Meeno grabbed a rabbit and began skinning it with knife and tooth. It was not a savage act, but one of casual deftness. The two women sat in silence for a moment with open curiosity as they watched their one-armed firemate work.
The third wanderer happened upon them while the meat was roasting and the winds brought the first of the rain. The rock was proving to be poorer shelter than they had hoped. They shifted about to find the driest spots near the fire as rivulets of rain crept across the hard ground.
Twice the lightning revealed the third wanderer in the distance as he ran towards the fire. The first time, it was Kalin’s sharp eyes that spotted him while he was just blotch on the horizon. “We may have to prepare a place for one more guest,” she said to Meeno, who nodded though he could not understand her. She reached behind her and moved Meeno’s spear between her and the fire, so that he could reach. Meeno studied her face for intent. She winked and nodded out towards where she had seen the approaching figure.
Calyre witnessed the exchange. Taking her walking stick in both hands she propped herself up to one knee.
By the second lightning strike, the third wanderer was now discernable. He was a tangle of wet, brightly colored clothing with a long sword strapped to his back. Though he was not yet close enough to make out his face, he clearly saw the three around the fire place their hands upon their weapons, for he threw his own hands up and slowed his gait.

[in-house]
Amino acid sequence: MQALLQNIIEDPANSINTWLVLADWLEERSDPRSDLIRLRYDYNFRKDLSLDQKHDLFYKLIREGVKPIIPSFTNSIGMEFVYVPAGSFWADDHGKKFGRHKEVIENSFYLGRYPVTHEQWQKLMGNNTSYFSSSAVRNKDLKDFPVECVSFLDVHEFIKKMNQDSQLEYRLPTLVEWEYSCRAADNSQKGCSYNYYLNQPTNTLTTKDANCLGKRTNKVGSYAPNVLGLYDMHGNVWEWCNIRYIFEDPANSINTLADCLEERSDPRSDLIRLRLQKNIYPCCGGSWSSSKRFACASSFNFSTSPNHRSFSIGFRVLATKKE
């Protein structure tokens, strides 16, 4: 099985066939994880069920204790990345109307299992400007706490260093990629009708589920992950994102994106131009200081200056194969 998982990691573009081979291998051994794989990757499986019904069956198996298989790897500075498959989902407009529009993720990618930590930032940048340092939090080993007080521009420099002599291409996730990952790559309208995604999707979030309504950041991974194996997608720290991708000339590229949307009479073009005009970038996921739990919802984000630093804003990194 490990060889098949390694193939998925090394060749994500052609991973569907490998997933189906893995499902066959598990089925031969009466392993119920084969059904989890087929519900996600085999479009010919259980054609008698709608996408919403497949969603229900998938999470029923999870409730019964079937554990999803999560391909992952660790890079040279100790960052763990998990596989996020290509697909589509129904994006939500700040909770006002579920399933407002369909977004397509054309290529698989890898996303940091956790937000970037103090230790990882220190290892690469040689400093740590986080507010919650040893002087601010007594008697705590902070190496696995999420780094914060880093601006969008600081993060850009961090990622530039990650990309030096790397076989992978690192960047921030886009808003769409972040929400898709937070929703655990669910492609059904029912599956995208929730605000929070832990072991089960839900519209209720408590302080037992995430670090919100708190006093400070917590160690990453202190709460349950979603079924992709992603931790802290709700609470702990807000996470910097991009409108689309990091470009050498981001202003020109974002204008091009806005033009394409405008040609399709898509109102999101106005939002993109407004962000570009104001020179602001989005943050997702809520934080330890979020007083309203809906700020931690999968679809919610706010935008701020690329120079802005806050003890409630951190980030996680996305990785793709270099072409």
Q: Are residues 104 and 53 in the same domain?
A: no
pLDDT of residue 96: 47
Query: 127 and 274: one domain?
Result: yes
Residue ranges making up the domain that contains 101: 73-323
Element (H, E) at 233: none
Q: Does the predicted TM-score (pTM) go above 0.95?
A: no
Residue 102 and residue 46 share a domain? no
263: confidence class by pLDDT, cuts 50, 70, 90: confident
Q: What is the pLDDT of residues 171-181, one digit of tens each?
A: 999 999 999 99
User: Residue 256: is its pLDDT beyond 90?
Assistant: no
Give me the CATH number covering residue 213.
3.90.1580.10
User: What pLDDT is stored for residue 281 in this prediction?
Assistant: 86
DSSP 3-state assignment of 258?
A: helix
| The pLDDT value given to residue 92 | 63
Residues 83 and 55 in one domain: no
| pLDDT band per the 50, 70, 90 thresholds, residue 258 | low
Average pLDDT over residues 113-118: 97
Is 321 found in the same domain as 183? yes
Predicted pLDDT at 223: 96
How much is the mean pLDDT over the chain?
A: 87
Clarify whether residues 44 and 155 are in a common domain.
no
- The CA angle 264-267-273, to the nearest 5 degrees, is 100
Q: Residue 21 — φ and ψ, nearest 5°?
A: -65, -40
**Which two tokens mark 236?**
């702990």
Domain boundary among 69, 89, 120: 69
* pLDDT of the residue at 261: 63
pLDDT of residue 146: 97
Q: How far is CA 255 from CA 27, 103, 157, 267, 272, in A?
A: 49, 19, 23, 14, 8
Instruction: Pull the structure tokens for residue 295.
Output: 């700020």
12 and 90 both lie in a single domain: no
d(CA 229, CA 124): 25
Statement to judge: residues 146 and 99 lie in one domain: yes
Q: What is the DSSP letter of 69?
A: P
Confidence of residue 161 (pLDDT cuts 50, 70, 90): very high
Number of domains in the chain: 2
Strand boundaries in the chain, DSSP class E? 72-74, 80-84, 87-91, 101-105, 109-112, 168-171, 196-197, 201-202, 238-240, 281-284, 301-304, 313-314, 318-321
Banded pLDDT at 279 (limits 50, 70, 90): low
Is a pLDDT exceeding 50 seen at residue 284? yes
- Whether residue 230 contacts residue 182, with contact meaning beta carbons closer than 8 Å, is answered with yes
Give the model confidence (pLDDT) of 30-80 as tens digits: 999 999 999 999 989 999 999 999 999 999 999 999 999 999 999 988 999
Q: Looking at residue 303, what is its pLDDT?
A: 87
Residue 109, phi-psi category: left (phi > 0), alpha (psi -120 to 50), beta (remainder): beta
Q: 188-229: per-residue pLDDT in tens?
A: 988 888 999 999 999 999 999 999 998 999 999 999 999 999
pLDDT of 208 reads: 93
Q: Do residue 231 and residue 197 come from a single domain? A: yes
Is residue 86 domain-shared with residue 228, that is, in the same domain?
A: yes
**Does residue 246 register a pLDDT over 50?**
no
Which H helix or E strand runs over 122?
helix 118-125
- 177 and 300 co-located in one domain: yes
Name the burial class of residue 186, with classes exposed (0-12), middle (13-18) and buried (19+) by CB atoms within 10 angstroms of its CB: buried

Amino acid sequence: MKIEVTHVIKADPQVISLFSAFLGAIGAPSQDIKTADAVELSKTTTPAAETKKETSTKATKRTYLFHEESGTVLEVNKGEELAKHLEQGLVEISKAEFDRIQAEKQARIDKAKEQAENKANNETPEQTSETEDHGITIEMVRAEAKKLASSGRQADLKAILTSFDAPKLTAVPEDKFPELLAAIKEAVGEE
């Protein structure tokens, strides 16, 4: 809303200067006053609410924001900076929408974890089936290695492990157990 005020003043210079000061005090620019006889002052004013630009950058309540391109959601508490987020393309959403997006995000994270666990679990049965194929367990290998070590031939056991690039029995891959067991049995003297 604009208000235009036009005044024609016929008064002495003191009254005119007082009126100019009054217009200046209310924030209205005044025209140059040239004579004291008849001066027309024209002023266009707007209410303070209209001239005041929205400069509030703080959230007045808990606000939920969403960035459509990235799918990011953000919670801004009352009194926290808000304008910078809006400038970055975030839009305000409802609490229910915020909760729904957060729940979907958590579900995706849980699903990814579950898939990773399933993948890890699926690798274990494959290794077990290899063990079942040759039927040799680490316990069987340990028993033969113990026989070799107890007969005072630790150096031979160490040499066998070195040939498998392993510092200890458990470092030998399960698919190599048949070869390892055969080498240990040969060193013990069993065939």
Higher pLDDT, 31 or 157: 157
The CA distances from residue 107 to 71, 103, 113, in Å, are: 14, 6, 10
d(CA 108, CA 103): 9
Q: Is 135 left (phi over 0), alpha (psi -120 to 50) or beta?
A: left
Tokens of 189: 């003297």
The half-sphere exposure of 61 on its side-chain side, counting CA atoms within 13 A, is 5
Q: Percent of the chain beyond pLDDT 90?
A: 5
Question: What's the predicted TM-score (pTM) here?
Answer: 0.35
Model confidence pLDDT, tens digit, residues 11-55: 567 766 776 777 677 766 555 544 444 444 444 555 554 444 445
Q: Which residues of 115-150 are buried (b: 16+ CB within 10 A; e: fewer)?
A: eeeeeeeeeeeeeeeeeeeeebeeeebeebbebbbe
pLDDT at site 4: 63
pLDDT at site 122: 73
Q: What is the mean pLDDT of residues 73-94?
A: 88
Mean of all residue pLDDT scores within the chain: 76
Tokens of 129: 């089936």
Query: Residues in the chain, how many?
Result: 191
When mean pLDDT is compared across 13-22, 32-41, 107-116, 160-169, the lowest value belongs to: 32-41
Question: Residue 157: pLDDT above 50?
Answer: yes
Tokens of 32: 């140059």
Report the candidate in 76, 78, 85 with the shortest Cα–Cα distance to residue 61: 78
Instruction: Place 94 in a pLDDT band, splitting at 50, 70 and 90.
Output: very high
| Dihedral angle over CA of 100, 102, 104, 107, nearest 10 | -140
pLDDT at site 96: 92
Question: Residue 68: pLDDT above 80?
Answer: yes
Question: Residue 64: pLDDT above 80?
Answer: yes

“I seek no trouble! Simply shelter from this storm!” he shouted upon entering the edge of the firelight.
Calyre nodded to Kalin who in turn raised an eyebrow to Meeno. Setting his spear aside, but within reach, Meeno waved the soaked traveler in. And thus Bluetuck — who had no fire, food, or wine of his own to share — was welcome to a portion of theirs.
Squatting by the fire, Bluetuck warmed his hands and dried his beard. “I had already steeled myself for a night of trudging naked before the fury of this storm when I spotted the far-off glow of your fire-lit cavern. And I am ever grateful. I would offer you all the coin I have, but I fear you would not accept it.”
With that, Bluetuck tossed four silver pieces that shined as gold by the light of the flames. Each was the size of a hand and engraved with delicate symbols that were made almost smooth over the centuries. Symbols that even in this worn state hinted that they may have been minted by some cyclopean dynasty now long forgotten.
They radiated inexplicable revulsion, causing Meeno and Kalin to curl their noses to them. Calyre yanked a length of cloth from one of her satchels and swiftly gathered the abhorrent coins in it, careful not to touch them. She sealed them in with an intricate knot that she muttered an incantation over before offering the bundle back to Bluetuck.
“Such is their welcome everywhere.” He accepted the bundle with a heavy sigh. “I am unable to be rid of these coins and, it would seem, as long as I have them, I have been unable to earn coin of any other denomination.”
“Where did you find them?” Calyre asked, peering at him with suspicion.